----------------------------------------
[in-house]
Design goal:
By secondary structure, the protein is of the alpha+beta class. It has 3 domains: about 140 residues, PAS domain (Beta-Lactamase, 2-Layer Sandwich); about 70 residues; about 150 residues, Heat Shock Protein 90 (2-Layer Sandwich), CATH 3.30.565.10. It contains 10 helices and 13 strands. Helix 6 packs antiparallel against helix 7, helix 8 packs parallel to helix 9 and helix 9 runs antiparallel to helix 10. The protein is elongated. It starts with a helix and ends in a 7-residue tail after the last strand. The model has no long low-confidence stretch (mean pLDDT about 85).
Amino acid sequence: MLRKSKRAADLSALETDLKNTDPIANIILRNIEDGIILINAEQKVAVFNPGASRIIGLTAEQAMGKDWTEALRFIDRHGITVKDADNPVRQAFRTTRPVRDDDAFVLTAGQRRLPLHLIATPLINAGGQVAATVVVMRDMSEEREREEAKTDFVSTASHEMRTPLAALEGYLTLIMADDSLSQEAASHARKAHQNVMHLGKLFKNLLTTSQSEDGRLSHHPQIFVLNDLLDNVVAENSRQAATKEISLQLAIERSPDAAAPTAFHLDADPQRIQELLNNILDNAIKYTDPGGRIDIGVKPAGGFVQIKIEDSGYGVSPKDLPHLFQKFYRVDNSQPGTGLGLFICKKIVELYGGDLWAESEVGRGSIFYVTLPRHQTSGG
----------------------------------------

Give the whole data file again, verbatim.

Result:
[in-house]
Design goal:
By secondary structure, the protein is of the alpha+beta class. It has 3 domains: about 140 residues, PAS domain (Beta-Lactamase, 2-Layer Sandwich); about 70 residues; about 150 residues, Heat Shock Protein 90 (2-Layer Sandwich), CATH 3.30.565.10. It contains 10 helices and 13 strands. Helix 6 packs antiparallel against helix 7, helix 8 packs parallel to helix 9 and helix 9 runs antiparallel to helix 10. The protein is elongated. It starts with a helix and ends in a 7-residue tail after the last strand. The model has no long low-confidence stretch (mean pLDDT about 85).
Amino acid sequence: MLRKSKRAADLSALETDLKNTDPIANIILRNIEDGIILINAEQKVAVFNPGASRIIGLTAEQAMGKDWTEALRFIDRHGITVKDADNPVRQAFRTTRPVRDDDAFVLTAGQRRLPLHLIATPLINAGGQVAATVVVMRDMSEEREREEAKTDFVSTASHEMRTPLAALEGYLTLIMADDSLSQEAASHARKAHQNVMHLGKLFKNLLTTSQSEDGRLSHHPQIFVLNDLLDNVVAENSRQAATKEISLQLAIERSPDAAAPTAFHLDADPQRIQELLNNILDNAIKYTDPGGRIDIGVKPAGGFVQIKIEDSGYGVSPKDLPHLFQKFYRVDNSQPGTGLGLFICKKIVELYGGDLWAESEVGRGSIFYVTLPRHQTSGG